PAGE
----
The only team in the Eastern Conference that should certainly be better than the Knicks is the Miami Heat – even if Dwyane Wade isn’t 100 percent healthy. The Boston Celtics are a bit younger and a bit deeper, but the Knicks should be able to compete with them.
Andrew Bynum already is on the sidelines, but even with him, I’m not thinking that the Philadelphia 76ers’ core of Bynum, Thaddeus Young, Evan Turner, Jason Richardson and Jrue Holiday is a better team that the Knicks, though they have youth on their side.
Whether you agree is immaterial; the major point is that the Celtics, Sixers, Indiana Pacers and Brooklyn Nets are all good teams. They just all shouldn’t be better than the Knicks.
Shouldn’t is a helluva word, though, especially when it’s followed by it’s excuse-making running mate unless.
As in, they all shouldn’t be better than the Knicks, unless the Knicks underachieve. Again.
But as I said last night on Twitter, I’m actually a believer in what the Knicks have accomplished this past offseason. If I were GM Glen Grunwald, I may have done things differently. But age or no age, there’s no doubt that the Knicks have a very deep, very talented team.
And though there is no upside outside of Shumpert, the worst-case scenario for this team is underachieving for three years and then rolling into the summer of 2016 with enough cash to make Mikhail Prokhorov jealous.
But in the interim, Grunwald and owner Jim Dolan have gone “all in” against the Heat, and they’re counting on Anthony as the turn card.
Today, this Knicks team has no excuses left. Anthony himself echoed those same sentiments earlier this week.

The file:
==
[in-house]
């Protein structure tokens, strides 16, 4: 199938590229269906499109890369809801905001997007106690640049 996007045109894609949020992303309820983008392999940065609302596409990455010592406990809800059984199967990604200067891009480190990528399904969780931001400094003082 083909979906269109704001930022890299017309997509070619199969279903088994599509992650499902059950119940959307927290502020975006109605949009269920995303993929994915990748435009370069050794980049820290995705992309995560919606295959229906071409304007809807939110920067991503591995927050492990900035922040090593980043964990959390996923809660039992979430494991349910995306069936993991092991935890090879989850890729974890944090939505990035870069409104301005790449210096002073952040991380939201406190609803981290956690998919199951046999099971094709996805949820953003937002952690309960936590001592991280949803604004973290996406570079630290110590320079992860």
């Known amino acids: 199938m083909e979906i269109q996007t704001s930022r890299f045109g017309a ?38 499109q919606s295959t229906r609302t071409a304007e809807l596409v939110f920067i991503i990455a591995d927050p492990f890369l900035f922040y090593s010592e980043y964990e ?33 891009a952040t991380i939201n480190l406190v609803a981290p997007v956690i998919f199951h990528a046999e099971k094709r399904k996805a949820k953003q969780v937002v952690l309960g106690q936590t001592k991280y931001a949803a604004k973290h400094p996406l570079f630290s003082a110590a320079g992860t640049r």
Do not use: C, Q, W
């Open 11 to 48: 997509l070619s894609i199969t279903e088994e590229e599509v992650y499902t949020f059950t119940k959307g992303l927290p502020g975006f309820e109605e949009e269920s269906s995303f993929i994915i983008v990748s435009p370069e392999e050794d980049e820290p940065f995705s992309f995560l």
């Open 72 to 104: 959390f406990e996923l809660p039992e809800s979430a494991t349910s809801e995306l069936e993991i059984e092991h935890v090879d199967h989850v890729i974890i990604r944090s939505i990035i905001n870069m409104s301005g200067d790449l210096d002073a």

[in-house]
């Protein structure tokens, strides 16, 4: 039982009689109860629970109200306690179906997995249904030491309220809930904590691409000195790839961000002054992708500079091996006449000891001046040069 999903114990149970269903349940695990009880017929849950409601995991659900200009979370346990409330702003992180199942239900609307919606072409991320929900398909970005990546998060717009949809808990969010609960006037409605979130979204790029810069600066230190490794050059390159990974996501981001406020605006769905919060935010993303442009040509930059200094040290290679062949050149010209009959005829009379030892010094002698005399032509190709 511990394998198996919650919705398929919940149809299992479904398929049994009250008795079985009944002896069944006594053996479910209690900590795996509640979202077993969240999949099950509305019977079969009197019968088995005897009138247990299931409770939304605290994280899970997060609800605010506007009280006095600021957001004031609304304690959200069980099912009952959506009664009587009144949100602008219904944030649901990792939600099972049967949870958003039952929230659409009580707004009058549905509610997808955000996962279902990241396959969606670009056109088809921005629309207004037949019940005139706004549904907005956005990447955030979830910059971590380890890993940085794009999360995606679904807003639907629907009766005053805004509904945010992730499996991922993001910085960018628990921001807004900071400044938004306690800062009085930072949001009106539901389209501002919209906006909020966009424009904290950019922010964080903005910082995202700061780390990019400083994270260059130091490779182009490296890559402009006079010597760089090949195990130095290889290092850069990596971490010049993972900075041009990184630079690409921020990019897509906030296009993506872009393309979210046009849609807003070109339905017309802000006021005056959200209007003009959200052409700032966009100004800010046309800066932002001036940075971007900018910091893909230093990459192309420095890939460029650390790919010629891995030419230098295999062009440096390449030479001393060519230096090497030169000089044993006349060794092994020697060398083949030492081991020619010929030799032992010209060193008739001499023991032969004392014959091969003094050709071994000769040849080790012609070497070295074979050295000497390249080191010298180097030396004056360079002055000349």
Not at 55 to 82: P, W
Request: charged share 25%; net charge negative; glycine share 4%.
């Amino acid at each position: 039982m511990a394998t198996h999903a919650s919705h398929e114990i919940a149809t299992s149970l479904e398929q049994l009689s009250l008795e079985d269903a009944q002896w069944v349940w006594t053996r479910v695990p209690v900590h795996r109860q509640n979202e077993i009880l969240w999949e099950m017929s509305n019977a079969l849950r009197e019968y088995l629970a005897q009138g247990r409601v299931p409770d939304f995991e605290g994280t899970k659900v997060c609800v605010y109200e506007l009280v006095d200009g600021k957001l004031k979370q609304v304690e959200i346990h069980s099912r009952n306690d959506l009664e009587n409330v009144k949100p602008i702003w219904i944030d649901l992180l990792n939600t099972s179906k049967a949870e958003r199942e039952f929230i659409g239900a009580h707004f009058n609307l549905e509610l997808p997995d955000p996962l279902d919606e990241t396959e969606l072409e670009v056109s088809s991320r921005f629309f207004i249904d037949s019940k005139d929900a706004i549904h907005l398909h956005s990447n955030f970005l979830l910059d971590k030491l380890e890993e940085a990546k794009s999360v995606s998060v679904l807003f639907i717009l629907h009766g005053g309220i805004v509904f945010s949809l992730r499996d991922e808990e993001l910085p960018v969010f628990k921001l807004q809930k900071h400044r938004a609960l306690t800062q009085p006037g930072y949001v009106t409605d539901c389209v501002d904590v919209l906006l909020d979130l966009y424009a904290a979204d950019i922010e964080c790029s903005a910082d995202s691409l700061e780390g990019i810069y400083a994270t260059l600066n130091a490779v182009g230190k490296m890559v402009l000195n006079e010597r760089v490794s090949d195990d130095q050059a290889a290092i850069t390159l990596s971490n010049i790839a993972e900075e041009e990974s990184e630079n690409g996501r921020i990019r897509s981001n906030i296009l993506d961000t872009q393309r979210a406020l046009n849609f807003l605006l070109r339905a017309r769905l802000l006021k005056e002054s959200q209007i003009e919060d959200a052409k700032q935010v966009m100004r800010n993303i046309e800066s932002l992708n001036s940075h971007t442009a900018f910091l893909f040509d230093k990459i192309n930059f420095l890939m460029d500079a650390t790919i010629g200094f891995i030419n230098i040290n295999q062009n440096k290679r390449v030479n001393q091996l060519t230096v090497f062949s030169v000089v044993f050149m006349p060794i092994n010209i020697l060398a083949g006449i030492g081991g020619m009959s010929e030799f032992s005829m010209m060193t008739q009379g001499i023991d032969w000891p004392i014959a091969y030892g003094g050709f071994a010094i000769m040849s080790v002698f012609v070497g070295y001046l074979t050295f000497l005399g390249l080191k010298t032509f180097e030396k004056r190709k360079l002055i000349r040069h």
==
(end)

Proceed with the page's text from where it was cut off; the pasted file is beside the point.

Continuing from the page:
“We need to get to 50 wins and get one of those top one, two or three seeds. To get home court advantage in the playoffs,” he said. “Anything less than 50 wins, to me, is a failed season.”
Whether or not the Knicks can gel and become a team worthy of challenging for the conference title remains to be seen. But at 28 years old, Anthony is no longer a spring chicken. And Stoudemire will turn 30 exactly six weeks from today.
It’s now or never. The time for patience is over.
Obviously, Grunwald got that memo, which is why he had no problem shipping out every last piece of young talent with potential and draft picks in favor of older players with championship pedigree or playoff experience.
The window is three years, and the clock is ticking.
Anthony knew the type of pressure he would face when he forced the Knicks’ hand back in February 2011. He and Stoudemire would be the first pair of in-prime All-NBA talent that the Knicks had on the same roster since 1973, when Walt Frazier and Willis Reed won the franchise’s most recent championship. With Frazier and Reed, the Knicks got it done.
With Anthony and Stoudemire, they hope to.
Now, almost 40 years since the Knicks last won the NBA’s crown, Anthony’s arrival was supposed to signify a reversion to that previous era.
But today, we’ll still waiting.
Still, with unanswered questions.
Still, as the clock ticks.
Moke Hamilton is the Executive Editor of SNYNets.com and covers the Brooklyn Nets for SNY.tv. He remains a Senior NBA Columnist for SheridanHoops.com, covering the New York Knicks and the NBA. Follow him on Twitter.